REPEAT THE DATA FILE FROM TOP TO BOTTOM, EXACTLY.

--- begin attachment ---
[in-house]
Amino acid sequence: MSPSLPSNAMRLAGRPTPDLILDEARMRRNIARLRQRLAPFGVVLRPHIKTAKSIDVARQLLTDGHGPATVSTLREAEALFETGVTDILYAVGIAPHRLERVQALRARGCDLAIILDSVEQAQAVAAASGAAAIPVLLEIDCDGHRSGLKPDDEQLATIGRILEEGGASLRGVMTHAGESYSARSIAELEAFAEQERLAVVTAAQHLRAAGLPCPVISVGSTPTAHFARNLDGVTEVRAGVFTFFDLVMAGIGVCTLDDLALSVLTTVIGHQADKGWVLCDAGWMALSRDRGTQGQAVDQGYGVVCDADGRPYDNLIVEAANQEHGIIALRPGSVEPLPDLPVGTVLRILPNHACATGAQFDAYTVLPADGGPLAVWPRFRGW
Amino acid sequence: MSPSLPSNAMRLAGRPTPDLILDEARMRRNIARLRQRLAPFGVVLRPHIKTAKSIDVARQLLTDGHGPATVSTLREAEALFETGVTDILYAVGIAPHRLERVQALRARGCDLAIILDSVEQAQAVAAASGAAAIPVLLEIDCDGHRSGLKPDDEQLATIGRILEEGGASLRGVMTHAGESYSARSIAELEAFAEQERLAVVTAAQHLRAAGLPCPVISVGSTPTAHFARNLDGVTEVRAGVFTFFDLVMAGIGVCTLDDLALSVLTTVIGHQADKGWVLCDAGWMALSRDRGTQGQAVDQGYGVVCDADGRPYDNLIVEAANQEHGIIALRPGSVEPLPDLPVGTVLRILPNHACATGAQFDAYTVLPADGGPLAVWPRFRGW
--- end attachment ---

[in-house]
Amino acid sequence: MSPSLPSNAMRLAGRPTPDLILDEARMRRNIARLRQRLAPFGVVLRPHIKTAKSIDVARQLLTDGHGPATVSTLREAEALFETGVTDILYAVGIAPHRLERVQALRARGCDLAIILDSVEQAQAVAAASGAAAIPVLLEIDCDGHRSGLKPDDEQLATIGRILEEGGASLRGVMTHAGESYSARSIAELEAFAEQERLAVVTAAQHLRAAGLPCPVISVGSTPTAHFARNLDGVTEVRAGVFTFFDLVMAGIGVCTLDDLALSVLTTVIGHQADKGWVLCDAGWMALSRDRGTQGQAVDQGYGVVCDADGRPYDNLIVEAANQEHGIIALRPGSVEPLPDLPVGTVLRILPNHACATGAQFDAYTVLPADGGPLAVWPRFRGW
Amino acid sequence: MSPSLPSNAMRLAGRPTPDLILDEARMRRNIARLRQRLAPFGVVLRPHIKTAKSIDVARQLLTDGHGPATVSTLREAEALFETGVTDILYAVGIAPHRLERVQALRARGCDLAIILDSVEQAQAVAAASGAAAIPVLLEIDCDGHRSGLKPDDEQLATIGRILEEGGASLRGVMTHAGESYSARSIAELEAFAEQERLAVVTAAQHLRAAGLPCPVISVGSTPTAHFARNLDGVTEVRAGVFTFFDLVMAGIGVCTLDDLALSVLTTVIGHQADKGWVLCDAGWMALSRDRGTQGQAVDQGYGVVCDADGRPYDNLIVEAANQEHGIIALRPGSVEPLPDLPVGTVLRILPNHACATGAQFDAYTVLPADGGPLAVWPRFRGW